Peace Corps future is up in the air

an editorial from the Norristown, Pennsylvania Times Herald
February 15, 1962

    WHEN THIS ADMINISTRATION entered office, one of its most novel proposals was for creation of the Peace Corps. The idea was, and is, that numbers of dedicated young people with particular talents and education would be sent to underdeveloped countries to aid them in becoming responsible nations. Members of the Corps would, so far as possible, live with the people, and accept a more or less comparable standard of living.
         The proposal was nonpartisan — and it was met with a nonpartisan response. Members of both parties greeted the plan with enthusiasm — and other members of both parties shook their heads in doubt. In any event, Congress approved, and the President appointed his brother-in-law, R. Sargent Shriver, to take over, on a non-paid basis.
         That happened about a year ago. Now numbers of Peace Corps young men and women have been recruited, indoctrinated, given varied training, and dispatched to underdeveloped areas. So the testing time, which will show whether or not the plan is wise and workable, is at hand.

. . .

         Writing in The Reporter — a magazine of the liberal persuasion, which is favorable in principle to the Corps — John P. Nugent tells of the work of the Peace Corps in Tanganyika — its duties, its intentions, and its problems. As he puts it, “The Peace Corps operation in Tanganyika may well prove to be the first decisive test of R. Sargent Shriver’s entire program; indeed, a failure in Tanganyika might be the death knell of the Corps itself. For it is here that the volunteers will come face to face with more difficult challenges than any of their colleagues are apt to meet around the world. The difficulties are not only those of climate, man, and beast, but also the problems of being involved in the birth and growth of a new nation.”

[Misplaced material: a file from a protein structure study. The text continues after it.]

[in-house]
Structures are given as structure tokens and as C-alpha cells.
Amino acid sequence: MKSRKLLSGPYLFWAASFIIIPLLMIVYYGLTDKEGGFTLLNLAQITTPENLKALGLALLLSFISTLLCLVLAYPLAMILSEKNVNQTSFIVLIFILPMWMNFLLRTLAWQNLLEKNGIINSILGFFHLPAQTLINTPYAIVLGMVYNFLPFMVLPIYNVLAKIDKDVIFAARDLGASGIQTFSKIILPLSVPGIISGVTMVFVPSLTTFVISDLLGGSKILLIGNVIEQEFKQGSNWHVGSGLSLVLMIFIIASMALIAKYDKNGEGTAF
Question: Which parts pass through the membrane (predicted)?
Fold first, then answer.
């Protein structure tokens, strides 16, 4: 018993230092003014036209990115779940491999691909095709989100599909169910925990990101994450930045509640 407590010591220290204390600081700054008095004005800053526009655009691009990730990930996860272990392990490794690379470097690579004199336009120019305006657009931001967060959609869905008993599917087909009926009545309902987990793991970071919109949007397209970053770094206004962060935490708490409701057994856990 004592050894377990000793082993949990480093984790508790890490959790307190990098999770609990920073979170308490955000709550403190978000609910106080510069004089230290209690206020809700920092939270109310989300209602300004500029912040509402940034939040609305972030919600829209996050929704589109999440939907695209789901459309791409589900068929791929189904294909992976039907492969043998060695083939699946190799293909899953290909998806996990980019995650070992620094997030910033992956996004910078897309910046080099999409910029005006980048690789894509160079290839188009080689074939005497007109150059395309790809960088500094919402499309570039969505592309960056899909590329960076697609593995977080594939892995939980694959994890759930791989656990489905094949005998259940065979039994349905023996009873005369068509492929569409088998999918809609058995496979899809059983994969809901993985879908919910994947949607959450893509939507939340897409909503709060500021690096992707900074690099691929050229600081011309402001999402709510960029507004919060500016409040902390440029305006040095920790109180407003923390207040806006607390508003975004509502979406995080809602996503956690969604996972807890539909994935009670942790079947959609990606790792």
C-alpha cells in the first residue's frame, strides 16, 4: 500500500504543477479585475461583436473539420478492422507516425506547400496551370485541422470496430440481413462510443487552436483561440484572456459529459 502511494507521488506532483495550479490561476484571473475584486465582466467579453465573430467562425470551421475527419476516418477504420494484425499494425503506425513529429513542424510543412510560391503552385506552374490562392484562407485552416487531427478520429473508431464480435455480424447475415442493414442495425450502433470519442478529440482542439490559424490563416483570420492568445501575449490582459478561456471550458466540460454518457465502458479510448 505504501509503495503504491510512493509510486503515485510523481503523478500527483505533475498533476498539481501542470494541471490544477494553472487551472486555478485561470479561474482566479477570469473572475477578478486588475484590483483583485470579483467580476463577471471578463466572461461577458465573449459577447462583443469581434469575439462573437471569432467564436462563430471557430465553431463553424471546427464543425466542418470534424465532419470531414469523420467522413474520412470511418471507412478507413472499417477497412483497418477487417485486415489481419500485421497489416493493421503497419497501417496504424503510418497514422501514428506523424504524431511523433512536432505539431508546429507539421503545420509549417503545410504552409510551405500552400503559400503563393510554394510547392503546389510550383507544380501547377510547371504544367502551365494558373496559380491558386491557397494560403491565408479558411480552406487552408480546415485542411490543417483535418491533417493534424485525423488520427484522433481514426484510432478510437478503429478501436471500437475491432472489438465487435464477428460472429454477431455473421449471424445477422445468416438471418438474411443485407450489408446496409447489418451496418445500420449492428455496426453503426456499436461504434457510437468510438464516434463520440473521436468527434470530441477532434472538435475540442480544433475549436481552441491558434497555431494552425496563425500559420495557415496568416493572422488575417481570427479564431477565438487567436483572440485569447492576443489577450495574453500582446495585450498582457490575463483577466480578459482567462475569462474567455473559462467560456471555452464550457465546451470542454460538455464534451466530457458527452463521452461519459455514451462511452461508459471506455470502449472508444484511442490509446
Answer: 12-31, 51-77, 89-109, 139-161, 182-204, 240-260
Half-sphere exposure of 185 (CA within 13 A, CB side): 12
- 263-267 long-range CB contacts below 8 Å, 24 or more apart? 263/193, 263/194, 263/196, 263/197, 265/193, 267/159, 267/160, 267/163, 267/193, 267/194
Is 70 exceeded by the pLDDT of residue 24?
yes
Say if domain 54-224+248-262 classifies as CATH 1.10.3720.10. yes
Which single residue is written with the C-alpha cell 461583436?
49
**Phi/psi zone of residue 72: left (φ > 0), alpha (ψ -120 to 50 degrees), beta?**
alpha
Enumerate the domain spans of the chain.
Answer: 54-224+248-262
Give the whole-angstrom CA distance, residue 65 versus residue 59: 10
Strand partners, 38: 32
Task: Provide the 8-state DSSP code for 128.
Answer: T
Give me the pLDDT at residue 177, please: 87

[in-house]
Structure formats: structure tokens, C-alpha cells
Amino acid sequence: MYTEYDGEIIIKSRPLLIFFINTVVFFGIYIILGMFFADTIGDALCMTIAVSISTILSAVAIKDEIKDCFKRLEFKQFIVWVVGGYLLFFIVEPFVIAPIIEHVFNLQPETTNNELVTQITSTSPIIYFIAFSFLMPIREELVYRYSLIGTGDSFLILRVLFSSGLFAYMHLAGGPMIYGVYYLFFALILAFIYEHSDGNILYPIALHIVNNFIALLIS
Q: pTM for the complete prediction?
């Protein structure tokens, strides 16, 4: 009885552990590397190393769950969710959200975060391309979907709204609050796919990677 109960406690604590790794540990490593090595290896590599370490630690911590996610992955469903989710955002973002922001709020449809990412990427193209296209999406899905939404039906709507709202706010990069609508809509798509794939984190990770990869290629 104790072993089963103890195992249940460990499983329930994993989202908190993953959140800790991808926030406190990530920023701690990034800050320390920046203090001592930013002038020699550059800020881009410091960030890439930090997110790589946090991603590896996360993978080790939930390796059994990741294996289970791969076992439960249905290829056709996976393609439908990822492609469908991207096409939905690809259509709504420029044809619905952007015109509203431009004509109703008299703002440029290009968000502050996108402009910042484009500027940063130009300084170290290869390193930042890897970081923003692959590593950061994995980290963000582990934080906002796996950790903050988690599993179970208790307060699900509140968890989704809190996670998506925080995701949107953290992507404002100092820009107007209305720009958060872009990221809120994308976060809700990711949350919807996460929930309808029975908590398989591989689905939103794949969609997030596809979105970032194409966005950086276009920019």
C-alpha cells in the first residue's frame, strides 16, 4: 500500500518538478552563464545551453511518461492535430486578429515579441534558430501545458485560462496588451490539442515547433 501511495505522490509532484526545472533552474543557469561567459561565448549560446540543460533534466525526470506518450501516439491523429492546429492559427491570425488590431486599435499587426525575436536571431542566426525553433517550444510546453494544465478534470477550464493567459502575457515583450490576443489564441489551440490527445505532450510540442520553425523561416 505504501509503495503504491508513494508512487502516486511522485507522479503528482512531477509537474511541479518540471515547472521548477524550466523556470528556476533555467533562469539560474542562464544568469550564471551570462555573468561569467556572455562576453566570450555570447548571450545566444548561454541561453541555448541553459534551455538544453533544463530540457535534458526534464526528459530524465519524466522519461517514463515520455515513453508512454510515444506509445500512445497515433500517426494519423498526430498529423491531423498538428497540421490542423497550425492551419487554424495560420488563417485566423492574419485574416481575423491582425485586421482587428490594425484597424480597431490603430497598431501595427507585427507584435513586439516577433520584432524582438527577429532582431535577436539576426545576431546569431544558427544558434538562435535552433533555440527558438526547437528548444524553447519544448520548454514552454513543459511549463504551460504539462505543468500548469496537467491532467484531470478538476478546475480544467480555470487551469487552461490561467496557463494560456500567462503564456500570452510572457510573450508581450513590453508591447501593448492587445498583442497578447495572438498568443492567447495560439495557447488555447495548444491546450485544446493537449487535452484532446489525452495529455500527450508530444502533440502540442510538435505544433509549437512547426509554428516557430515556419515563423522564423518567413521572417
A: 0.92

These problems, it is clear, are more numerous and more complex than the young Peace Corps volunteers anticipated — and many of them were not touched on in the manuals they read and the lectures they listened to. For instance, there is one civil engineer in the whole of the 360,000 square miles inhabited by 9.2 million Africans, Asians, and Europeans.”

    . . .